The President ordered Osama Bin Laden killed without trial, without due process of law, and the BBC North America editor is crestfallen. Mardell really doesn’t know what to do. He has his own opinions, his own moral code to follow, yet cannot bring himself to actually blame the President for it. Instead, he works to shift blame onto the ugly United Statesians he’s found distasteful for so long.
On the scene in New York, Mardell explains what the President will be doing, and why. Well, actually, no he doesn’t. He mostly quotes the White House spokesman, who is the husband of Katty Kay’s personal friend and business partner. Mardell also quotes the President and mentions what Sarah Palin said as well. Why the British public should give a damn about what Sarah Palin says instead of an actual politician or even Presidential candidate is a mystery to me, but we know that the BBC cares very, very deeply.
When the President lays that wreath this evening, I hope he’s a bit more considerate than He was when He casually tossed a rose on the pile in 2008. His lack of consideration and sympathy was evident then. Funny how He never visited Ground Zero on the actual anniversary in 2009 or 2010, but is coming to do it now? If this had been George Bush, the BBC would be screaming about how it’s a victory lap. Instead, they’re full of respect and telling you exactly what the White House wants you to think.
But Mardell revealed his true feelings about the whole sorry affair on his blog yesterday. All impartial journalism goes out the window now. This is Mardell’s personal opinion, and shows how crushed he is that his beloved Obamessiah has ordered someone killed without trial. Of course, I don’t expect Mardell to actually criticize the President or His management skills for all the screwed up facts they spewed out after the event. Fog of war and all that, I’m sure. Nothing to do with amateurs running the show.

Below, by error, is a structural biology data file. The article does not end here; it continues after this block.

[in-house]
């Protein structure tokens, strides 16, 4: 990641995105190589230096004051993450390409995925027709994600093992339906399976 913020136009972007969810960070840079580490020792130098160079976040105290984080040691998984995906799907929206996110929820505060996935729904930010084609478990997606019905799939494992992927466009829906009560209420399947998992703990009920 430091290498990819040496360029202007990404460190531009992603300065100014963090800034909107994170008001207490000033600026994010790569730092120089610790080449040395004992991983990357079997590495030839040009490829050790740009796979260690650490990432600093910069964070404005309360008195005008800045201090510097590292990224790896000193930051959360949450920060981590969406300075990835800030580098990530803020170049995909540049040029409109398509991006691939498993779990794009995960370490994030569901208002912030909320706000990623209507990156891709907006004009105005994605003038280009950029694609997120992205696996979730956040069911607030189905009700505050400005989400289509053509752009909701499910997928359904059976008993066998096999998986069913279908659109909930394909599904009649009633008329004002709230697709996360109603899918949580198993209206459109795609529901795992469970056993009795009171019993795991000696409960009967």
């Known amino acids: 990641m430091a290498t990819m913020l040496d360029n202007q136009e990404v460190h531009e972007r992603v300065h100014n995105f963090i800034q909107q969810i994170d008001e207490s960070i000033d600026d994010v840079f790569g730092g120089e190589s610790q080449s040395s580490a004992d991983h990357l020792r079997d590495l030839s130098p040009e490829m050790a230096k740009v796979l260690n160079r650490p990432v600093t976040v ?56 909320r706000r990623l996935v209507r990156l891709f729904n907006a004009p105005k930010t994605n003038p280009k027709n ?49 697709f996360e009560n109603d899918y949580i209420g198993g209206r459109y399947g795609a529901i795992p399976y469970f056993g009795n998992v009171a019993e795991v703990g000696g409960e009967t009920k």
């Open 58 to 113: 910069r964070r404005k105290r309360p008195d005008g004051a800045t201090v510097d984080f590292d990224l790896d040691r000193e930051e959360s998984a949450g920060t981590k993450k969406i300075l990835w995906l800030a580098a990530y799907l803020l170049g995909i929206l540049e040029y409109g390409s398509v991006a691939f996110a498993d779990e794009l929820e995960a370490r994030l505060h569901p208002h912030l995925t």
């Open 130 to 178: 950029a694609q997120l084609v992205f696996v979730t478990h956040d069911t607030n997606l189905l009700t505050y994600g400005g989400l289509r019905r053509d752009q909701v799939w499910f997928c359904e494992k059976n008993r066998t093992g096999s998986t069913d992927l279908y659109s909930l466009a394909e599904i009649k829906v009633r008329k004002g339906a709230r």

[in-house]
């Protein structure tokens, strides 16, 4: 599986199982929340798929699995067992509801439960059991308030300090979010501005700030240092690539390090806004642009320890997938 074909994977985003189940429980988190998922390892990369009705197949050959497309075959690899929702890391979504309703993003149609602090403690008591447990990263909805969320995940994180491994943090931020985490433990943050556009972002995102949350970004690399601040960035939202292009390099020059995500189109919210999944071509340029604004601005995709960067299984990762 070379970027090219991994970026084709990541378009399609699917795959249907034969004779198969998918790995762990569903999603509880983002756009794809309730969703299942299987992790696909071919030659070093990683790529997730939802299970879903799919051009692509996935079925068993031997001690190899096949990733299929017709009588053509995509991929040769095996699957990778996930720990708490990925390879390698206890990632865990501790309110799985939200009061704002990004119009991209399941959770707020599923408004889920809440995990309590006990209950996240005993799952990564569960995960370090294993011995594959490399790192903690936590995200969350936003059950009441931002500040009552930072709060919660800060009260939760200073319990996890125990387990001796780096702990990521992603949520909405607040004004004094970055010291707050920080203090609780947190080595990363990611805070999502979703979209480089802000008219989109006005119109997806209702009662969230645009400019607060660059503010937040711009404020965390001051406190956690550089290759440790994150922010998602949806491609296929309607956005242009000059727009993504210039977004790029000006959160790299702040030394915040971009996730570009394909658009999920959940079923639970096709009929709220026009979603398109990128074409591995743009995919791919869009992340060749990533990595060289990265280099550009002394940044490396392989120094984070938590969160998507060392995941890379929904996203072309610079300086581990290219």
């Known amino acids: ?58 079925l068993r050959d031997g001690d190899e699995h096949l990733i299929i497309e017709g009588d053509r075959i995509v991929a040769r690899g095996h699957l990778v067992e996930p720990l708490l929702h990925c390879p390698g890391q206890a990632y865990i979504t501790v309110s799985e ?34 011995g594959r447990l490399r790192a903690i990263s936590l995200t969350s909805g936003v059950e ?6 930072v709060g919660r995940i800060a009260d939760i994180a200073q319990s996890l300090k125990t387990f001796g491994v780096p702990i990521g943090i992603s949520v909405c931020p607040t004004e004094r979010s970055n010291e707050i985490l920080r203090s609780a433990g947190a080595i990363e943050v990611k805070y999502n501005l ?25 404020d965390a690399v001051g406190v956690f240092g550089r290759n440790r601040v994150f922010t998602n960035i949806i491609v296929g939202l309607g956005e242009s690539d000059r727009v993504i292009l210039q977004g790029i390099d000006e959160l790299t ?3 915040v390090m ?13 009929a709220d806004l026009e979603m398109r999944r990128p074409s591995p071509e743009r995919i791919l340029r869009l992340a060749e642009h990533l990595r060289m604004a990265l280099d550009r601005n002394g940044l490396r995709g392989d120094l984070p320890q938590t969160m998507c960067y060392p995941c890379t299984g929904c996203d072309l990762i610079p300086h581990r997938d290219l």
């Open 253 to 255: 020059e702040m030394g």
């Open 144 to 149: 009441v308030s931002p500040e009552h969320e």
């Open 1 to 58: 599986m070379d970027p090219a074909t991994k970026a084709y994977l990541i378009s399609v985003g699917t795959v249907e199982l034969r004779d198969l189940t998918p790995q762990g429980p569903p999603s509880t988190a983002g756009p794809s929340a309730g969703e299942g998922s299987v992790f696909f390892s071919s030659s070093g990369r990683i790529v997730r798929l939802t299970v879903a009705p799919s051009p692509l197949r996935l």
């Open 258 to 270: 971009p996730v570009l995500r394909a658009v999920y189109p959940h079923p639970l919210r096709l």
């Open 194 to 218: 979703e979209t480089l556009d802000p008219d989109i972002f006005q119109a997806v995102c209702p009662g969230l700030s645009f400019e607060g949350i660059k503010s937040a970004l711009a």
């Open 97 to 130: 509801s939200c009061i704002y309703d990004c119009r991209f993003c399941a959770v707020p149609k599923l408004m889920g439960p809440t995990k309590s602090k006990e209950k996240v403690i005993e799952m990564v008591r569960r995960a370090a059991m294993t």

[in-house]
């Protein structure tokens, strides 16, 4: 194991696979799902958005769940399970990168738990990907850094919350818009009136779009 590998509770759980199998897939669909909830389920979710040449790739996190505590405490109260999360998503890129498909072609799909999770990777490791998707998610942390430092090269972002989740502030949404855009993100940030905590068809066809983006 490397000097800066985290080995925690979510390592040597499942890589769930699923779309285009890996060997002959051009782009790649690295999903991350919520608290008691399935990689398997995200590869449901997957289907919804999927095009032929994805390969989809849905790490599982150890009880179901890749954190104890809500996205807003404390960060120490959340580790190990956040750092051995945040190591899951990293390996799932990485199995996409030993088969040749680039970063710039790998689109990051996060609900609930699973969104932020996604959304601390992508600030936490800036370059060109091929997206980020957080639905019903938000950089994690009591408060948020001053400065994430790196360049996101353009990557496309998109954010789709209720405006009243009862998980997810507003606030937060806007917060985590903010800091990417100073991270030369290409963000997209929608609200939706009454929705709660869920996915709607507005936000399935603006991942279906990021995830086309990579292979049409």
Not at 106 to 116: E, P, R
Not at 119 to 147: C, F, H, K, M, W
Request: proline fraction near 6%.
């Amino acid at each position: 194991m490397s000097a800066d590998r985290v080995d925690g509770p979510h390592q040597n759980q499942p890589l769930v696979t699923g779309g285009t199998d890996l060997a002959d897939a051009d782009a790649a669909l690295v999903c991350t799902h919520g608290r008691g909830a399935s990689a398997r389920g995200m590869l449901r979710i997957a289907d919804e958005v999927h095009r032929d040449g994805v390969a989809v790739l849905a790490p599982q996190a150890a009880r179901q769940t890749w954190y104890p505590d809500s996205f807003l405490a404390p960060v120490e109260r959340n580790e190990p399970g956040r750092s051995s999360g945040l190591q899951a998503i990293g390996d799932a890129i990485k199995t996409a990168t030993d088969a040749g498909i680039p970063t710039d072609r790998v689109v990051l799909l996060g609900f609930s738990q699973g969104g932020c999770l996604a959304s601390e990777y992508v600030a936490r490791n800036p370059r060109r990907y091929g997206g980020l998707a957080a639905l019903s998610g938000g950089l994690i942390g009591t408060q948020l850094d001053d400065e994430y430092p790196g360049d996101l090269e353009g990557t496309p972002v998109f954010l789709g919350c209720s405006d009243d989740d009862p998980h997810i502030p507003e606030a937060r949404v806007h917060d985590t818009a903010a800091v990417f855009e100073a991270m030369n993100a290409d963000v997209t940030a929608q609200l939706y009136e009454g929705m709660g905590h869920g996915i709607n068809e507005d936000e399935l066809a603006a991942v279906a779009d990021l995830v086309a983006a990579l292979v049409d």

In any case, here’s Mardell’s own opinion:
The president’s press secretary Jay Carney suggested this was the result of trying to provide a great deal of information in a great deal of haste.
I can largely accept that. There is no mileage in misleading people and then correcting yourself. But the president’s assistant national security advisor John Brennan had used the facts he was giving out to add a moral message – this was the sort of man Bin Laden was, cowering behind his wife, using her as a shield. Nice narrative. Not true. In fact, according to Carney this unarmed woman tried to attack the heavily armed Navy Seal. In another circumstance that might even be described as brave.
Well, sure, but what’s the point of saying such a thing about bravery, if not to direct the audience in a certain direction? Just state the facts and let the audience decide. No need for editorializing like this.
For those involved an operation like this, time must go past in a confused and noisy instant, and they aren’t taking notes. Confusion is very understandable. But you start to wonder how much the facts are being massaged now, to gloss over the less appealing parts of the operation.
And of course there is the suspicion that the US never wanted to take Bin Laden alive. Here at least many see a trial as inconvenient, awkward – a chance for terrorists to grandstand. Look at all the fuss about the trial of Khalid Sheikh Mohammed.
The bit I’ve put in bold is where Mardell begins to shift blame. It’s extremely wrong to say that people see the trials as “inconvenient”. It’s just that many politicians don’t want the circus in their home towns, and – more importantly – there are legal ramifications of having a civilian criminal case, which may harm the outcome. I don’t expect the BBC to tell you that, though, because they don’t agree with it.
In the confusion of a raid it’s hard to see how the Seals could be sure that Bin Laden wasn’t armed, didn’t have his finger on the trigger of a bomb, wasn’t about to pull a nasty surprise. If he had his hands in the air shouting “don’t shoot” he might have lived, but anything short of that seems to have ensured his death.
Now Mardell is the one doing the backtracking. He’s just said that he is doubtful about the whole thing, but now allows it’s “hard to be sure”, etc. Then he places the blame for this squarely where he believes it to be: